Project description:BACKGROUND: It has been suggested that n-6 and n-3 long-chain polyunsaturated fatty acids (LC-PUFAs) in blood are associated with risk of allergic diseases, although results are inconclusive. Low levels of n-6 LC-PUFA and high levels of n-3 LC-PUFA are anticipated to have beneficial effects. Pregnancy is considered a critical time period for imprinting the developing immune system. We examined whether n-6 LC-PUFA, n-3 LC-PUFA concentrations or the n-6/n-3 ratio in cord blood (CB) serum are associated with allergic diseases up to the age of 10 yr. METHODS: This analysis included 436 children from the Munich LISAplus birth cohort study. Information on doctor-diagnosed asthma, hay fever/allergic rhinitis, and eczema was collected using questionnaires completed at the ages 6 and 10 yr, and for eczema additionally at 2 yr. Specific immunoglobulin E (IgE) against inhalant allergens was measured at 6 and 10 yr. Fatty acid composition was measured by gas chromatography in serum from CB and from blood collected at 2, 6, and 10 yr. Associations between n-3, n-6 LC-PUFA concentrations, and the n-6/n-3 ratio in CB serum and allergic diseases or atopy were assessed using generalized estimating equations (GEE) considering the longitudinal structure. Models were adjusted for LC-PUFA concentrations at follow-up and potential confounding factors. RESULTS: There was no significant association between n-3 LC-PUFA, n-6 LC-PUFA, or the n-6/n-3 ratio in CB serum with eczema, asthma, hay fever/allergic rhinitis, or aeroallergen sensitization. CONCLUSIONS: There is no indication of a beneficial effect of increased n-3 LC-PUFA in CB serum on the development of any of the disease entities.
Project description:High-fat diets (HFD) are commonly used in rodents to induce obesity, increase serum fatty acids and induce lipotoxicity in various organs. In vitro studies commonly utilize individual free fatty acids (FFA) to study lipid exposure in an effort to model what is occurring in vivo; however, these approaches are not physiological as tissues are exposed to multiple fatty acids in vivo. Here we characterize circulating lipids in obesity-prone rats fed an HFD in both fasted and fed states with the goal of developing physiologically relevant fatty acid mixtures for subsequent in vitro studies. Rats were fed an HFD (60% kcal fat) or a control diet (10% kcal fat) for 3 weeks; liver tissue and both portal and systemic blood were collected. Fatty acid profiles and absolute concentrations of triglycerides (TAG) and FFA in the serum and TAG, diacylglycerol (DAG) and phospholipids in the liver were measured. Surprisingly, both systemic and portal serum TAG were ~40% lower in HFD-fed compared to controls. Overall, compared to the control diet, HFD feeding consistently induced an increase in the proportion of circulating polyunsaturated fatty acids (PUFA) with a concomitant decline in monounsaturated fatty acids (MUFA) and saturated fatty acids (SFA) in both serum TAG and FFA. The elevations of PUFA were mostly attributed to increases in n-6 PUFA, linoleic acid and arachidonic acid. In conclusion, fatty acid mixtures enriched with linoleic and arachidonic acid in addition to SFA and MUFA should be utilized for in vitro studies attempting to model lipid exposures that occur during in vivo HFD conditions.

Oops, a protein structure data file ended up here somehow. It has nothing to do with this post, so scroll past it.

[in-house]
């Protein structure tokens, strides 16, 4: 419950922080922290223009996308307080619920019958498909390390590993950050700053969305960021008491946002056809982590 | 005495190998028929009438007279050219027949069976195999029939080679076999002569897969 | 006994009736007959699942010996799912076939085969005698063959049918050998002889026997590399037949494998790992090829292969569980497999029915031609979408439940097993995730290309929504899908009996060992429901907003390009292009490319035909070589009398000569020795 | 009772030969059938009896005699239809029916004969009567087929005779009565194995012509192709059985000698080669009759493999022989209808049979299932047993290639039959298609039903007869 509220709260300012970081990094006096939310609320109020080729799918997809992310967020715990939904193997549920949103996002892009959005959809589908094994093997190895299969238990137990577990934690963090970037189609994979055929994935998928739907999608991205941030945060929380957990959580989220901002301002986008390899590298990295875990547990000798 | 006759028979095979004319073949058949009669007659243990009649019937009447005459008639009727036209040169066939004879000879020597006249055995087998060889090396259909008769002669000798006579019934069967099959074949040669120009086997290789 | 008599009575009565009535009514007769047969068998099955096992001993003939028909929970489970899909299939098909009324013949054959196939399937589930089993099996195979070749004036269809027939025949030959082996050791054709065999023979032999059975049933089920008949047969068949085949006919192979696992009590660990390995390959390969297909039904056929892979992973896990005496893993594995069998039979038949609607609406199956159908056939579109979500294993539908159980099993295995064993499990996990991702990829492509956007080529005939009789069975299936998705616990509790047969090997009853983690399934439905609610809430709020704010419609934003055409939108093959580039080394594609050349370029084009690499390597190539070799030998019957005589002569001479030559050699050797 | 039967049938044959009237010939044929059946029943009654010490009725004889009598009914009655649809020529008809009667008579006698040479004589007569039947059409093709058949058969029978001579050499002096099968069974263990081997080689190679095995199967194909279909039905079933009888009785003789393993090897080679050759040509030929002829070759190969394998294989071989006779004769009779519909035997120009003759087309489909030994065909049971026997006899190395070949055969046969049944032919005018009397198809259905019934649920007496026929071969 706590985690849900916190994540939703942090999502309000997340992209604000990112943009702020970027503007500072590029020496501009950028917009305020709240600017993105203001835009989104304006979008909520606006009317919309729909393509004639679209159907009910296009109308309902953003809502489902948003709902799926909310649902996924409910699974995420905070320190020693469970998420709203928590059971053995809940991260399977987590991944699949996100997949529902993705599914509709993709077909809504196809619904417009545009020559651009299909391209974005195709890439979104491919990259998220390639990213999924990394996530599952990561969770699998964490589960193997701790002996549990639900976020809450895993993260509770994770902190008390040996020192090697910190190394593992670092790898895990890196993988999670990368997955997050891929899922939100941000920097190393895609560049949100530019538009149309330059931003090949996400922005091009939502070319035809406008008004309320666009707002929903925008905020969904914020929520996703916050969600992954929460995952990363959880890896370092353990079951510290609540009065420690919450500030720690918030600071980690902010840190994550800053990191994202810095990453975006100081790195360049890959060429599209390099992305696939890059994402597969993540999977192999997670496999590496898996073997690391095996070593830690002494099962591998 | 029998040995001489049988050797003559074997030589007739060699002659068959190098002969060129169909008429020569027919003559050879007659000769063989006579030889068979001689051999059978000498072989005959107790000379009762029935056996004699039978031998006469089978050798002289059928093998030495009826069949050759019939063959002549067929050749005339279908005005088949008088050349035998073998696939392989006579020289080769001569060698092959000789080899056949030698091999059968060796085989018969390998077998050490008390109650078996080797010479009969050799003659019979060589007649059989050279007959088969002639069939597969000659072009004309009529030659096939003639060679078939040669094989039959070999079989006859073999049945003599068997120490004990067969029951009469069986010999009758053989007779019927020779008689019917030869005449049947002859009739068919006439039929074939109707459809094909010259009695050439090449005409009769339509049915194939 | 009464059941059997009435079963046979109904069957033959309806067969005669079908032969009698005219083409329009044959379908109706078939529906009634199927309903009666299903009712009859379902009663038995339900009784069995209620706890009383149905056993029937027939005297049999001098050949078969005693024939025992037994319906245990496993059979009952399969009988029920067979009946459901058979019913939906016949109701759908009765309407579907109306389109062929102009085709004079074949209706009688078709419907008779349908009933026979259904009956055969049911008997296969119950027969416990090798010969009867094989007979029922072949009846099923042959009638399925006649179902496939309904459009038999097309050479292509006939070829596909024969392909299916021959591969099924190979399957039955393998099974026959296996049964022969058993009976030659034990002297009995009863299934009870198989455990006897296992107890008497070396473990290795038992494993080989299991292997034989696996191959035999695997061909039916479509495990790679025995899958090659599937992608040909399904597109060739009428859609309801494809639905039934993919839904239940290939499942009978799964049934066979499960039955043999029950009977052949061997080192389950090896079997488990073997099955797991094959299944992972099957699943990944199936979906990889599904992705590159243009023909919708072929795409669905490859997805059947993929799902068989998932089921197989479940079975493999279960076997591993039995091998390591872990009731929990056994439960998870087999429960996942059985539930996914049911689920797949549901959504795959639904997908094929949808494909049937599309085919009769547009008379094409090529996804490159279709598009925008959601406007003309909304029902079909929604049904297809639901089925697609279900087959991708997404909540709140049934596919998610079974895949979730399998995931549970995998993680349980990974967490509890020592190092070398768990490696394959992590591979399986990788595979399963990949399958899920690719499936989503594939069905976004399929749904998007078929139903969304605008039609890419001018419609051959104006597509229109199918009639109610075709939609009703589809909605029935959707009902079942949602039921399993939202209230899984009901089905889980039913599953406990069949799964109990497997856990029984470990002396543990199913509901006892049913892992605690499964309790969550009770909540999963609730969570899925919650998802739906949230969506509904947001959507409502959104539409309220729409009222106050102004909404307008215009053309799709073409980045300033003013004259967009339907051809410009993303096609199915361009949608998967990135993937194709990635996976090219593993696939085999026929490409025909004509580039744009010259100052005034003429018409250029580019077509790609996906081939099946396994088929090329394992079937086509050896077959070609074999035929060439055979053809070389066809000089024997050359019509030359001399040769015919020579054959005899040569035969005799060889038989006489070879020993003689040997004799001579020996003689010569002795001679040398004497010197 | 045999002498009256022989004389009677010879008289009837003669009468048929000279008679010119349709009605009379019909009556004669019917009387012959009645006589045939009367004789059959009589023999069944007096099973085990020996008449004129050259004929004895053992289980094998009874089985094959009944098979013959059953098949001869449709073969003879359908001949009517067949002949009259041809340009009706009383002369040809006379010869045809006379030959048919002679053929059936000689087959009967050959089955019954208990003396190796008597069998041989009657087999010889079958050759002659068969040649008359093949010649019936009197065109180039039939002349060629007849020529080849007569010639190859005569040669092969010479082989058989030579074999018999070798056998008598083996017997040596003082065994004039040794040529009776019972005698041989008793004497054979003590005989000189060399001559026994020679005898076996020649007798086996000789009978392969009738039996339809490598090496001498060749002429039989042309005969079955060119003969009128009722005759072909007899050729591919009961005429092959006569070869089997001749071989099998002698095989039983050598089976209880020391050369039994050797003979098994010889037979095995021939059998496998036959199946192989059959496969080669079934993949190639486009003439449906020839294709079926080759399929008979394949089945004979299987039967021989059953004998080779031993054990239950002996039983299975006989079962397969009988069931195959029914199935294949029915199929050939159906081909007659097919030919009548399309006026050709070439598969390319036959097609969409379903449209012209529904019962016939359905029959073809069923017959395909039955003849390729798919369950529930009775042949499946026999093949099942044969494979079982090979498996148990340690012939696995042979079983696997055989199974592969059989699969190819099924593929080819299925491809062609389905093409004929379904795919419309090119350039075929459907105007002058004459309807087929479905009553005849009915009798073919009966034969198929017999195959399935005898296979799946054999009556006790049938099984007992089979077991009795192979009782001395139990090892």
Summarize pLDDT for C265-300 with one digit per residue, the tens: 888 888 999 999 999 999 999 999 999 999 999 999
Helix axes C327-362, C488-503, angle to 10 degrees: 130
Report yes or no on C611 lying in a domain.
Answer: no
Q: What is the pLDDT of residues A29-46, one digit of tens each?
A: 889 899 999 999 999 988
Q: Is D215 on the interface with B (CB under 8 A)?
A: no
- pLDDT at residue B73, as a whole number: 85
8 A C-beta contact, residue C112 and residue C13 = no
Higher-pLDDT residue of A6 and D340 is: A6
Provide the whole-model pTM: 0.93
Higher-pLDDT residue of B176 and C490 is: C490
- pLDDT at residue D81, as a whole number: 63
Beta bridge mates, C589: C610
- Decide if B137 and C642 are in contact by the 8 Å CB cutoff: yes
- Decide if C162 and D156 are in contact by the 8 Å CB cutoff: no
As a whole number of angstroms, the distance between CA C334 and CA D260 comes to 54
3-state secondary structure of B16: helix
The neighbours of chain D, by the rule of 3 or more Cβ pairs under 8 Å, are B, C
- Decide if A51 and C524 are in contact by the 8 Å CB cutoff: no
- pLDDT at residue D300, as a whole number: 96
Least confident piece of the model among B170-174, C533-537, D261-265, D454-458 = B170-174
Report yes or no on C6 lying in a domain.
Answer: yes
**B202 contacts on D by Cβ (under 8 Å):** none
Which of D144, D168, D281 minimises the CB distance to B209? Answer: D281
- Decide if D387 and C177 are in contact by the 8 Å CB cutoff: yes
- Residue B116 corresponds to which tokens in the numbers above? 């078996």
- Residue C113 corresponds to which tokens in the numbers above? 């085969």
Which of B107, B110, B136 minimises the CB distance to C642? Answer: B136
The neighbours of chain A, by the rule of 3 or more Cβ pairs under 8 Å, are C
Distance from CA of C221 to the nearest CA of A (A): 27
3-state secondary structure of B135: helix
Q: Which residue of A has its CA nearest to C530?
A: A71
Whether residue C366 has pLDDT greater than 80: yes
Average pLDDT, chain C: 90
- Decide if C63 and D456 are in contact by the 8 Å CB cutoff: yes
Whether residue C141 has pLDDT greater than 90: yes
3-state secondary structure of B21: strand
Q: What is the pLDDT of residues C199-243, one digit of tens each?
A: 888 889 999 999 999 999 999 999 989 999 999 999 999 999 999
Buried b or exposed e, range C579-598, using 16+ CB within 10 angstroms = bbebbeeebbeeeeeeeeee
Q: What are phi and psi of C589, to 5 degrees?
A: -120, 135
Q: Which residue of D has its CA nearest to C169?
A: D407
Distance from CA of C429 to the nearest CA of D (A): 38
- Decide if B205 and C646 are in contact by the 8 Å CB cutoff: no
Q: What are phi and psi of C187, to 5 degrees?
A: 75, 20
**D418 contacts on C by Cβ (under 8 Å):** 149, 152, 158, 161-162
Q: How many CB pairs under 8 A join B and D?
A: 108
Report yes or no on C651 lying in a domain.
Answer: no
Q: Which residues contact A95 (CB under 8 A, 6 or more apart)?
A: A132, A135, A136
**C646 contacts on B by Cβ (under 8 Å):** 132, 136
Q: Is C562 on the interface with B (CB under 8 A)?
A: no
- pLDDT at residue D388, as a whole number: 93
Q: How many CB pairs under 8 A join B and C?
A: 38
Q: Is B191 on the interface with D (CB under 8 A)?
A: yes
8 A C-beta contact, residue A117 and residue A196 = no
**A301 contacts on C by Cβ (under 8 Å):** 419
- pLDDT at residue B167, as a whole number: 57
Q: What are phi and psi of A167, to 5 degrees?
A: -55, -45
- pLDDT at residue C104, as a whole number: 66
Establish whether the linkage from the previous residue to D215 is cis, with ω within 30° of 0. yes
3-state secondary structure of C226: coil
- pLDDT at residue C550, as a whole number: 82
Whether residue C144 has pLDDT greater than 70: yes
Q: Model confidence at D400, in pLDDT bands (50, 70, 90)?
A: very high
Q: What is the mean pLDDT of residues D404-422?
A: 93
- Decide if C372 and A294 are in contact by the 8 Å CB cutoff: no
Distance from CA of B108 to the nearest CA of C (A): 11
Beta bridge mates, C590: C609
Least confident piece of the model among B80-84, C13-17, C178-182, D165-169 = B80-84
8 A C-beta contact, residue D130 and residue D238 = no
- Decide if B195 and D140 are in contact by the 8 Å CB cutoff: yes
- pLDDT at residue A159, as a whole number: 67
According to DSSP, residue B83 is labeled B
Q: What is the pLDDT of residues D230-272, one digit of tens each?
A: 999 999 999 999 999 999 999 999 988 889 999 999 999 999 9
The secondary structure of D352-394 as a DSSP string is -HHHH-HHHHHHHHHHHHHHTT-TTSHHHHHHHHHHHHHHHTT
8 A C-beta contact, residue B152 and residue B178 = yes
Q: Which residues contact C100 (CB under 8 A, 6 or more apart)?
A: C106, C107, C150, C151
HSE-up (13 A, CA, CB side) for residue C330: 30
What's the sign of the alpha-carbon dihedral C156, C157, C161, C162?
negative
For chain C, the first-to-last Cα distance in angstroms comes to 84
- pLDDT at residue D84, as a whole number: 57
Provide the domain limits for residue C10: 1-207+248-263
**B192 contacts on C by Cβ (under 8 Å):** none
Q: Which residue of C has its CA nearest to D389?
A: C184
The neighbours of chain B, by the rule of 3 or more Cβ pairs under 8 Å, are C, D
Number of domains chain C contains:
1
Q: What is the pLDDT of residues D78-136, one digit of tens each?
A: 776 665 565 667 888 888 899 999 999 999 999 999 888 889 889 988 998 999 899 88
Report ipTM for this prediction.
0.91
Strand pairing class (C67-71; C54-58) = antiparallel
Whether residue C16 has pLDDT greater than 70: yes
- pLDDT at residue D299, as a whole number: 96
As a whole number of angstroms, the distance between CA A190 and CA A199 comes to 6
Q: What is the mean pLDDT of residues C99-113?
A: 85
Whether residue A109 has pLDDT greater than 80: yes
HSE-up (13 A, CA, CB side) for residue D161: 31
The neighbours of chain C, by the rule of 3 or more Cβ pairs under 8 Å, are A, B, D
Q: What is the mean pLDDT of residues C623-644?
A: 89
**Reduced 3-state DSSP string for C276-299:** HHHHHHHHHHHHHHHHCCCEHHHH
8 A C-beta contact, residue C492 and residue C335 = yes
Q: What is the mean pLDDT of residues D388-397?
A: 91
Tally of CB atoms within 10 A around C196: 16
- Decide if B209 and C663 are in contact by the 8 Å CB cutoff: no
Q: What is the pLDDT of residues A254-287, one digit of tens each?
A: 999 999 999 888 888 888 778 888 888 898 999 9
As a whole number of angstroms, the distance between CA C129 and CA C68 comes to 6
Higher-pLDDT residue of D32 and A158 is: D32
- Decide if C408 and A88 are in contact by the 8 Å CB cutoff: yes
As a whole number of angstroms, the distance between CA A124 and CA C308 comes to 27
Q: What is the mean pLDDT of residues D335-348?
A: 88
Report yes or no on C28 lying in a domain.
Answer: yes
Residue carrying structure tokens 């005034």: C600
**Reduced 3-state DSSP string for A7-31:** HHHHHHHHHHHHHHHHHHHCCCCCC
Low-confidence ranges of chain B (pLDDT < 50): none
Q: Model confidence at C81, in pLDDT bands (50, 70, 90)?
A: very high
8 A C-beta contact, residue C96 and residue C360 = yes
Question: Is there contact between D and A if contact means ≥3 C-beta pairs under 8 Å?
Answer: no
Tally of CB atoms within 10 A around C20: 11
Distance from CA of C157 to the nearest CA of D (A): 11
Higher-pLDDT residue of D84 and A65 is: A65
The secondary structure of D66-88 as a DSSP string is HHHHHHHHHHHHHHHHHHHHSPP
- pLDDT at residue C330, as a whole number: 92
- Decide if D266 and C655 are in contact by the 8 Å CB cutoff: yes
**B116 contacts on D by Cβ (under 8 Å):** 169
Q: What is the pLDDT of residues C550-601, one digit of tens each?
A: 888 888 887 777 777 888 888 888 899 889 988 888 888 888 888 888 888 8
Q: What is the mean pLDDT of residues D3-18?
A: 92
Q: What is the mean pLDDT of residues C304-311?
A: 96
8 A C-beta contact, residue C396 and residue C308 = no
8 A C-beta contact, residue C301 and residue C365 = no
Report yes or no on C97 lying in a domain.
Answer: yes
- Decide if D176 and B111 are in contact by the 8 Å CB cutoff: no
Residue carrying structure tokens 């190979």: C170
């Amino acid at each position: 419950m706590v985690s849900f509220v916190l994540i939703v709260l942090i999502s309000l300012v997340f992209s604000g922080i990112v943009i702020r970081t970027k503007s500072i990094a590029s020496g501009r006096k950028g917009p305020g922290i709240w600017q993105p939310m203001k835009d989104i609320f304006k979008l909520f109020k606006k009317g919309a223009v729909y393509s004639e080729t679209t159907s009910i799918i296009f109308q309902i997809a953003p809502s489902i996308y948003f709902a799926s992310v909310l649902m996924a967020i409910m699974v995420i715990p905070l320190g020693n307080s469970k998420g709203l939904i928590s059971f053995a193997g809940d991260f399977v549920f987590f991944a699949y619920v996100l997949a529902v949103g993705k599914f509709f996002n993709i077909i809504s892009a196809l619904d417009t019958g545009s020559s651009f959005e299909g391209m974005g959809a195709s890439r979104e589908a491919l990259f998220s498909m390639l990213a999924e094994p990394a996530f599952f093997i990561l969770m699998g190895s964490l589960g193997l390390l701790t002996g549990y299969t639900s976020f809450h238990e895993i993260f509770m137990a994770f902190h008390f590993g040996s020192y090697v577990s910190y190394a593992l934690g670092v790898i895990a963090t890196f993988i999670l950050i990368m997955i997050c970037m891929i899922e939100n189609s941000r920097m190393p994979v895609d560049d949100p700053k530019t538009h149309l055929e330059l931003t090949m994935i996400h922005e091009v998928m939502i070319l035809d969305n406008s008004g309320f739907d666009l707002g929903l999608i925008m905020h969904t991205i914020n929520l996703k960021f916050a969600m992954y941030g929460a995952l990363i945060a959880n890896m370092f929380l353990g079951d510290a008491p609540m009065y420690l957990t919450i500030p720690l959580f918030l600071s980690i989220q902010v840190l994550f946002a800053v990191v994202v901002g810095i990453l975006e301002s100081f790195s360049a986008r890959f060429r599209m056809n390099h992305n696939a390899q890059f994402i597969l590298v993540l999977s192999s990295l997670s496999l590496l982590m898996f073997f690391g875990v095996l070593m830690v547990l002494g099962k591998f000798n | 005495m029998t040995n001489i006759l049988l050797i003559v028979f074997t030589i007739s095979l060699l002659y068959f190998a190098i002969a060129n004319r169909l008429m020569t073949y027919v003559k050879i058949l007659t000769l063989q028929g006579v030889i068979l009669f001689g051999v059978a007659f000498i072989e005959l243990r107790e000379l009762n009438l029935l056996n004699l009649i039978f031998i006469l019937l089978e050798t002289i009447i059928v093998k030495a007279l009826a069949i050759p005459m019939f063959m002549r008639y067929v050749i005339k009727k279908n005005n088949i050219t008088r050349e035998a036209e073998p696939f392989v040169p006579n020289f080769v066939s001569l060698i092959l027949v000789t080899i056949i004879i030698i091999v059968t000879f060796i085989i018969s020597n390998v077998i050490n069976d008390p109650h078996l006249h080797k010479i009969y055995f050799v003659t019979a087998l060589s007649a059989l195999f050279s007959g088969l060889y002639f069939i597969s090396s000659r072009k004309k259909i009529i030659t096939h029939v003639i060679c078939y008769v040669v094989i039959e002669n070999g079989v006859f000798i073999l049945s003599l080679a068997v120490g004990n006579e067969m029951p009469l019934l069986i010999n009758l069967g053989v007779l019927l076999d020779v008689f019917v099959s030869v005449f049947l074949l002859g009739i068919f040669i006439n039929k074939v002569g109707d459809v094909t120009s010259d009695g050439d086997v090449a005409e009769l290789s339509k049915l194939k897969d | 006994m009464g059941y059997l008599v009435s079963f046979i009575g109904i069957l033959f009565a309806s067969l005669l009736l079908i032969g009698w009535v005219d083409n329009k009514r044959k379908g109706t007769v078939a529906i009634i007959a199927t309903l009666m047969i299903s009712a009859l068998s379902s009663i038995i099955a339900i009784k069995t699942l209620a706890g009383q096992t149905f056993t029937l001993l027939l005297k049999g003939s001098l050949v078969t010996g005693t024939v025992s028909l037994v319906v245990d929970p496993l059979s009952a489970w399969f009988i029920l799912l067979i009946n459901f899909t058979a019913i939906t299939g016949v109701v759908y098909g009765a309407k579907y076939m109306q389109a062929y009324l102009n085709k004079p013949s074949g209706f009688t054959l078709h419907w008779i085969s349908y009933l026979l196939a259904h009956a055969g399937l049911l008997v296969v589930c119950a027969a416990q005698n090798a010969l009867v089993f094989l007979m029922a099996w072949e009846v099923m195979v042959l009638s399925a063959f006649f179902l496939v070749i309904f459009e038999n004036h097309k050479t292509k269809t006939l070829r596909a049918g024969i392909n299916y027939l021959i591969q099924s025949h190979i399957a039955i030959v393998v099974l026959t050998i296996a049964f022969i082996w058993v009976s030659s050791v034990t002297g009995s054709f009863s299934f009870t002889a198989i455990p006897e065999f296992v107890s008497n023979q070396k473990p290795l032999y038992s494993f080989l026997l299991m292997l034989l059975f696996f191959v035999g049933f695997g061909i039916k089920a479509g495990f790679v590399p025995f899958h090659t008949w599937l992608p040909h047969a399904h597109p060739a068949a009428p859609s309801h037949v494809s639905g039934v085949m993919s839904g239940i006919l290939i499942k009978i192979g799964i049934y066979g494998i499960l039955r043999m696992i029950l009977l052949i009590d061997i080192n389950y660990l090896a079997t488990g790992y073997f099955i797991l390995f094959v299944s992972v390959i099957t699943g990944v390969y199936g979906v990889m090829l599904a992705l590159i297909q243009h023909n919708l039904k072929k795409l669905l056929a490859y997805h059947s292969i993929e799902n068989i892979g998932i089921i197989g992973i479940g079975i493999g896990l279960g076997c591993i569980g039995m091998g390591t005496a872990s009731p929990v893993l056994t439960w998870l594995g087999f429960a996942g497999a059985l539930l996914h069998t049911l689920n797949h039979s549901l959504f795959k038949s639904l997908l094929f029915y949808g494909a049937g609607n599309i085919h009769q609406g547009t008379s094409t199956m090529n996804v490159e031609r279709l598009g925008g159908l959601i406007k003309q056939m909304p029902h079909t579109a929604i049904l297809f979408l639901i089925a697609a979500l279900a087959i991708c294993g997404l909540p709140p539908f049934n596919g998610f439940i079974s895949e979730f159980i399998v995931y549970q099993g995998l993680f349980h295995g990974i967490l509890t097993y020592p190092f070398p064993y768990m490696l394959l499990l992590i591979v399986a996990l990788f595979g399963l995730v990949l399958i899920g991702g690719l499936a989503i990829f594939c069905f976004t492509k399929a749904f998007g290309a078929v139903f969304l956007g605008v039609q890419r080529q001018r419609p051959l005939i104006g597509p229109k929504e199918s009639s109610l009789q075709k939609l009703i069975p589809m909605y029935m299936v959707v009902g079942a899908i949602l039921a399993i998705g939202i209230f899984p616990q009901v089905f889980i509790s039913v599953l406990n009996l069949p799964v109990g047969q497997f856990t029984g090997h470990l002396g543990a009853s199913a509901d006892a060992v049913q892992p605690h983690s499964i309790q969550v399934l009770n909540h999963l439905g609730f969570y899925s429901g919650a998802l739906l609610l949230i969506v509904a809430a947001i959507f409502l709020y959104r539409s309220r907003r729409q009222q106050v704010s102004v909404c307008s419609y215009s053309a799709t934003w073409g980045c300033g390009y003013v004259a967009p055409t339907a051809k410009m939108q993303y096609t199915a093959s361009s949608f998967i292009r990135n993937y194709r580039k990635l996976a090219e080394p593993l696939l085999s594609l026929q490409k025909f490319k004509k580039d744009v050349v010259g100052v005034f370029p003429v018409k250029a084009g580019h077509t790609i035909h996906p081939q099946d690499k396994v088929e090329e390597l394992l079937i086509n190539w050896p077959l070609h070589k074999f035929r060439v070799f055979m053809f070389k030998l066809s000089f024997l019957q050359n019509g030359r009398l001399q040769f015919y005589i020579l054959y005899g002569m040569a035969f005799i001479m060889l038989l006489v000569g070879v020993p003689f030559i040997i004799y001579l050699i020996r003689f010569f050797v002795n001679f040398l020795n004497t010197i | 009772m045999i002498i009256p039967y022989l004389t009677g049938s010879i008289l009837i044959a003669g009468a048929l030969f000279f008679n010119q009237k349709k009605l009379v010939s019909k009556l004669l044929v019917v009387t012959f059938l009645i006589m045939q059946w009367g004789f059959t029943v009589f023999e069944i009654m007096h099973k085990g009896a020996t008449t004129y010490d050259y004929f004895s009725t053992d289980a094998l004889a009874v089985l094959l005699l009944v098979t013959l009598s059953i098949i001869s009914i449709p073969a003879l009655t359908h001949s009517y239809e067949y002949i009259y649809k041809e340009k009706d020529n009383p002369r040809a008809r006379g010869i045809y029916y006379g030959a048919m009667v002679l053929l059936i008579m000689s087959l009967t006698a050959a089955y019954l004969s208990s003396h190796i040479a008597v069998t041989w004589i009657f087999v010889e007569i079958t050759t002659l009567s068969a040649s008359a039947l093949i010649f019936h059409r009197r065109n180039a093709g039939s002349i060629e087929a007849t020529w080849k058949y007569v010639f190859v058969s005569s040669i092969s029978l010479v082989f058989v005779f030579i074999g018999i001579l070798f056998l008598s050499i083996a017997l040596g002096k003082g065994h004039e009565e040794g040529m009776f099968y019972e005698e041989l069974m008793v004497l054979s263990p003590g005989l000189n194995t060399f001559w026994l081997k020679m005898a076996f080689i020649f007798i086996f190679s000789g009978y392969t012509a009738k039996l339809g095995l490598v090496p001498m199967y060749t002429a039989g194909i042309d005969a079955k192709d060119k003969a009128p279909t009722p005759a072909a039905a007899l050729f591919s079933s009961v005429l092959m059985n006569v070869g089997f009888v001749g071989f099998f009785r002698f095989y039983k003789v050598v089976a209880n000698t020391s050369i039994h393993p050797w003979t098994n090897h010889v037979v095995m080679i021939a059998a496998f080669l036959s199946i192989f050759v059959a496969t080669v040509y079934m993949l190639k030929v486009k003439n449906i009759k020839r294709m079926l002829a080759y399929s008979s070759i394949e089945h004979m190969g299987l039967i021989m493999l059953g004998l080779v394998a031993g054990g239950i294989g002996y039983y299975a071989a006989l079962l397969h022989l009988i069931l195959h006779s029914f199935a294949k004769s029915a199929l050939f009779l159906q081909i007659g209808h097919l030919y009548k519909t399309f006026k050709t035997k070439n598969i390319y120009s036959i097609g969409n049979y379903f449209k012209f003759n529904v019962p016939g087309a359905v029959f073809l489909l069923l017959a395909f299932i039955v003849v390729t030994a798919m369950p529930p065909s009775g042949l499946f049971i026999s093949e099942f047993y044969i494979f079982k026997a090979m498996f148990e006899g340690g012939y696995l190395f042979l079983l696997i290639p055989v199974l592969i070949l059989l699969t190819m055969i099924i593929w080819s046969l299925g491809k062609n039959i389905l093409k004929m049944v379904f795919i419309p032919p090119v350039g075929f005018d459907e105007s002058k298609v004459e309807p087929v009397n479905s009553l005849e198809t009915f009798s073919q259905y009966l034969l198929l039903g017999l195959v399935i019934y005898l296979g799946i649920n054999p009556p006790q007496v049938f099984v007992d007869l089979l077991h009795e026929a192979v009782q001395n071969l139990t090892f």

Project description:Ulcerative colitis (UC) is associated with increased dietary intake of fat and n-6 polyunsaturated fatty acids (PUFA). Modification of fat metabolism may alter inflammation and disease severity. Our aim was to assess differences in dietary and serum fatty acid levels between control and UC subjects and associations with disease activity and inflammatory cytokines.Dietary histories, serum, and colonic tissue samples were prospectively collected from 137 UC subjects and 38 controls. Both histologic injury and the Mayo Disease Activity Index were assessed. Serum and tissue cytokines were measured by Luminex assay. Serum fatty acids were obtained by gas chromatography.UC subjects had increased total fat and oleic acid (OA) intake, but decreased arachidonic acid (AA) intake vs controls. In serum, there was less percent saturated fatty acid (SFA) and AA, with higher monounsaturated fatty acids (MUFA), linoleic acid, OA, eicosapentaenoic acid (EPA), and docosapentaenoic acid (DPA) in UC. Tissue cytokine levels were directly correlated with SFA and inversely correlated with PUFA, EPA, and DPA in UC subjects, but not controls. 5-aminosalicylic acid therapy blunted these associations.In summary, we found differences in serum fatty acids in UC subjects that correlated with pro-inflammatory tissue cytokines. We propose that fatty acids may affect cytokine production and thus be immunomodulatory in UC.